Only through the development of a generation of informed and trained professionals in a variety of fields can society intelligently assess the complexities of the interactions between climate and health, said Ana Rosa Moreno Sánchez, Nobel Peace Prize laureate and professor of the National Autonomous University of Mexico (UNAM).
Within the framework of the penultimate day of the IV International Convention Cuba-Health 2022, the teacher, when giving her conference Training of human resources to face the effects of climate change on health, stressed that education in the context of climate change must in principle to teach and guide towards new values in the relationship of human beings with the planet.
In this regard, he highlighted that, by improving the collective understanding of climate and health science, more effective adaptation and mitigation strategies can be designed and implemented.
Likewise, he said, these complexities must be taken into account when planning and making infrastructure investment decisions and anticipate the unintended consequences of those decisions at multiple levels.
To do this, he pointed out, empowerment can be achieved through educational activities in health, which are mainly oriented towards a transformation of behaviors and behaviors that can cause harm to people and therefore have a positive impact on environmental quality.
The Nobel Peace Prize winner called for the implementation of initiatives such as strengthening the adaptability of the health system, through education of the population; and educate vulnerable communities involved in adaptation and mitigation measures.
Moreno Sánchez also referred to the importance of training, which should not only be for health workers and those responsible for the health system itself, but also for other professionals in areas directly or indirectly linked to health who must be open to interdisciplinary work when adaptation and mitigation measures are discussed.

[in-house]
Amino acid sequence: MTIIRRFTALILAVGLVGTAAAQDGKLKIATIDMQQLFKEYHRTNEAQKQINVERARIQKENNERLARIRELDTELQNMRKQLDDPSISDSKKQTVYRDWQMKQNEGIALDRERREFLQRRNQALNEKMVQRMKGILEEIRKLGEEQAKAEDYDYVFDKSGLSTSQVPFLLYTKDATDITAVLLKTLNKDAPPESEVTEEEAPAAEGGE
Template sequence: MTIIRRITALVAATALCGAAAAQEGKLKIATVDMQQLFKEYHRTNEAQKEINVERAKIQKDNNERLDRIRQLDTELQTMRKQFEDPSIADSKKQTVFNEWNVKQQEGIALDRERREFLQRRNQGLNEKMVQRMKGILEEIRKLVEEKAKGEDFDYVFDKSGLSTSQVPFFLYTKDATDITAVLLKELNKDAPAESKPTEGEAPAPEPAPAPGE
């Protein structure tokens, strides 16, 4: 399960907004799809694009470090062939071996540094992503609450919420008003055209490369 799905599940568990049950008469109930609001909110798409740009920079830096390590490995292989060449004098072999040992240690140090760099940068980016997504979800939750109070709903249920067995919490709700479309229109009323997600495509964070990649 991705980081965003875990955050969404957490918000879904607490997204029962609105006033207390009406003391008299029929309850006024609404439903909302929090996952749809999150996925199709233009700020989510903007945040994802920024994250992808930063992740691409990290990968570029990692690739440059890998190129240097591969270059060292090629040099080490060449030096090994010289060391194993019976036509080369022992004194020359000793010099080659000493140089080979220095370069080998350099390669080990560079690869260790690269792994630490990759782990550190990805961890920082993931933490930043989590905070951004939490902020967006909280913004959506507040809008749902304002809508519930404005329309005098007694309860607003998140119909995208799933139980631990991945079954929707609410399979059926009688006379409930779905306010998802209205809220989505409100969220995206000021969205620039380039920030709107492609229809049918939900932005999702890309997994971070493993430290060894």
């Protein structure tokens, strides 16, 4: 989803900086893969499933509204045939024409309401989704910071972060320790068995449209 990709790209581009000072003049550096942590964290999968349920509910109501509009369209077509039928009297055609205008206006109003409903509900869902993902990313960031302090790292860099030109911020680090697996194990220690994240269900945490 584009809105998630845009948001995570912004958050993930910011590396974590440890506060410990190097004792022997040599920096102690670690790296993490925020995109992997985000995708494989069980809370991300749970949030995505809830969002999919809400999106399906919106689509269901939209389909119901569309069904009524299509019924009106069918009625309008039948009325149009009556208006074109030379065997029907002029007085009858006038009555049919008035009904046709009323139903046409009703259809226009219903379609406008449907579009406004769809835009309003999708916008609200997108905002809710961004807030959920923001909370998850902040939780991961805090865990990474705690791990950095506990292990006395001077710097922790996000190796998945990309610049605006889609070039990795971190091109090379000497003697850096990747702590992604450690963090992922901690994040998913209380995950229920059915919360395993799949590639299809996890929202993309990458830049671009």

The teacher specified that the training of human resources for these challenges leads to address health issues associated with climate change, such as the evaluation of the coping capacity of the community and the local health system; and the strengthening of the adaptive capacity of the health system, through information to the population, surveillance of climate-related diseases, preparation in case of extreme events, vaccination and primary care and mental health care.
Likewise, he added, as part of health education, care for water, savings in energy consumption, recycling, environmental sanitation and response of the early warning system for extreme events should be included.
The UNAM professor noted the imperative for climate and health education to be part of the broader curriculum; meanwhile, health professionals, policymakers, urban planners, engineers, and corporate leaders need more formal education in climate science, public health, and the ways in which climate change and health interrelate.
He further stressed that executive education programs are also needed to provide short training courses on the challenges and opportunities related to health and climate change to senior and mid-level executives, policymakers and government officials. .
Such efforts will facilitate and accelerate the inclusion of climate and health education curricula, increase social awareness of the effects of climate change on health, and seed new lines of research, adaptation and mitigation measures, and opportunities to improve local and regional health.
Ana Rosa Moreno Sánchez, in her speech, contextualized that in recent decades the hydrometeorological events suffered by societies and the interest of the media in climate change have increased the attention of the citizens of practically all countries and a change in the perception of this phenomenon.
He recalled that human-caused climate change is causing dangerous and widespread disruption of nature, while affecting the lives of billions of people around the world, despite efforts to reduce risks.
Climate change, he warned, is undermining many of the social determinants of good health, such as livelihoods, equity and access to health care, and social support structure.
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Nobel Prize highlights the importance of training to face the effects of climate change on health